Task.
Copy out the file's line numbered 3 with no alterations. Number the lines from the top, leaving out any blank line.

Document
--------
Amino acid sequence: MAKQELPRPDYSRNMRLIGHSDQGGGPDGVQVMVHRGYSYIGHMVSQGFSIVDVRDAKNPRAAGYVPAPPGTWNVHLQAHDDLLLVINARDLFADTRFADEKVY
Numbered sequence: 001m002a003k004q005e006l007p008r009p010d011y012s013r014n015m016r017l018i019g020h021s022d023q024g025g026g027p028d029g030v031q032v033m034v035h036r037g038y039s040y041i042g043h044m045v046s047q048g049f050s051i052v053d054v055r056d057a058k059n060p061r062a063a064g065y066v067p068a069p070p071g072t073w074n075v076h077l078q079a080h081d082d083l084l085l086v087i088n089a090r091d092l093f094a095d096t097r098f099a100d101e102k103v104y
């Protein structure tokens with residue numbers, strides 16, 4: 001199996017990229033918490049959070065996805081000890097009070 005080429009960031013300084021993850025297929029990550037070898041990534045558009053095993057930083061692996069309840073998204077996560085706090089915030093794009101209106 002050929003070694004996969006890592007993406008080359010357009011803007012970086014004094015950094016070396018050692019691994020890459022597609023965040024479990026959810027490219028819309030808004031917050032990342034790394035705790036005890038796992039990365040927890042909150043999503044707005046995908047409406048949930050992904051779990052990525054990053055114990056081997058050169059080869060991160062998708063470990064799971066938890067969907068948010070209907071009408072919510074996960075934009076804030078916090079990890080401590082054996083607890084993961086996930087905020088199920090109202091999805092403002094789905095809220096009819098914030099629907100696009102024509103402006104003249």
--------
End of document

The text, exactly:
């Protein structure tokens with residue numbers, strides 16, 4: 001199996017990229033918490049959070065996805081000890097009070 005080429009960031013300084021993850025297929029990550037070898041990534045558009053095993057930083061692996069309840073998204077996560085706090089915030093794009101209106 002050929003070694004996969006890592007993406008080359010357009011803007012970086014004094015950094016070396018050692019691994020890459022597609023965040024479990026959810027490219028819309030808004031917050032990342034790394035705790036005890038796992039990365040927890042909150043999503044707005046995908047409406048949930050992904051779990052990525054990053055114990056081997058050169059080869060991160062998708063470990064799971066938890067969907068948010070209907071009408072919510074996960075934009076804030078916090079990890080401590082054996083607890084993961086996930087905020088199920090109202091999805092403002094789905095809220096009819098914030099629907100696009102024509103402006104003249």